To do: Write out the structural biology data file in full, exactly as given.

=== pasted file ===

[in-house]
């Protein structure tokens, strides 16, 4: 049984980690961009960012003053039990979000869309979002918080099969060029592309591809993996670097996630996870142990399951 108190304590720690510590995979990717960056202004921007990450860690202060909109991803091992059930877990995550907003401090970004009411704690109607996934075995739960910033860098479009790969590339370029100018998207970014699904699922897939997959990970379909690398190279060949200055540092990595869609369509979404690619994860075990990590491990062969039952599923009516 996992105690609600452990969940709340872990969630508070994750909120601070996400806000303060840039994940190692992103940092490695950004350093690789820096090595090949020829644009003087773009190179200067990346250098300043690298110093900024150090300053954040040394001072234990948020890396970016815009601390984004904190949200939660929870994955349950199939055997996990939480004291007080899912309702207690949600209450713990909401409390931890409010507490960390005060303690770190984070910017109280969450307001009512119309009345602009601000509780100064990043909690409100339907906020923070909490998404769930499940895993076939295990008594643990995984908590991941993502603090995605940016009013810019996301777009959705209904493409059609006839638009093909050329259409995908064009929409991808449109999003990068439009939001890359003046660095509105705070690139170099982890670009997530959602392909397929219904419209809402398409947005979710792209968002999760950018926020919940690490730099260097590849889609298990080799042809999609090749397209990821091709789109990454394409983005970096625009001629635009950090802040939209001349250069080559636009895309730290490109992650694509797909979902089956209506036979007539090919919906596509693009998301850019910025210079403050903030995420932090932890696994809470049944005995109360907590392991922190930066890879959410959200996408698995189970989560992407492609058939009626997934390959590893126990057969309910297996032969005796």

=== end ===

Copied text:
[in-house]
């Protein structure tokens, strides 16, 4: 049984980690961009960012003053039990979000869309979002918080099969060029592309591809993996670097996630996870142990399951 108190304590720690510590995979990717960056202004921007990450860690202060909109991803091992059930877990995550907003401090970004009411704690109607996934075995739960910033860098479009790969590339370029100018998207970014699904699922897939997959990970379909690398190279060949200055540092990595869609369509979404690619994860075990990590491990062969039952599923009516 996992105690609600452990969940709340872990969630508070994750909120601070996400806000303060840039994940190692992103940092490695950004350093690789820096090595090949020829644009003087773009190179200067990346250098300043690298110093900024150090300053954040040394001072234990948020890396970016815009601390984004904190949200939660929870994955349950199939055997996990939480004291007080899912309702207690949600209450713990909401409390931890409010507490960390005060303690770190984070910017109280969450307001009512119309009345602009601000509780100064990043909690409100339907906020923070909490998404769930499940895993076939295990008594643990995984908590991941993502603090995605940016009013810019996301777009959705209904493409059609006839638009093909050329259409995908064009929409991808449109999003990068439009939001890359003046660095509105705070690139170099982890670009997530959602392909397929219904419209809402398409947005979710792209968002999760950018926020919940690490730099260097590849889609298990080799042809999609090749397209990821091709789109990454394409983005970096625009001629635009950090802040939209001349250069080559636009895309730290490109992650694509797909979902089956209506036979007539090919919906596509693009998301850019910025210079403050903030995420932090932890696994809470049944005995109360907590392991922190930066890879959410959200996408698995189970989560992407492609058939009626997934390959590893126990057969309910297996032969005796």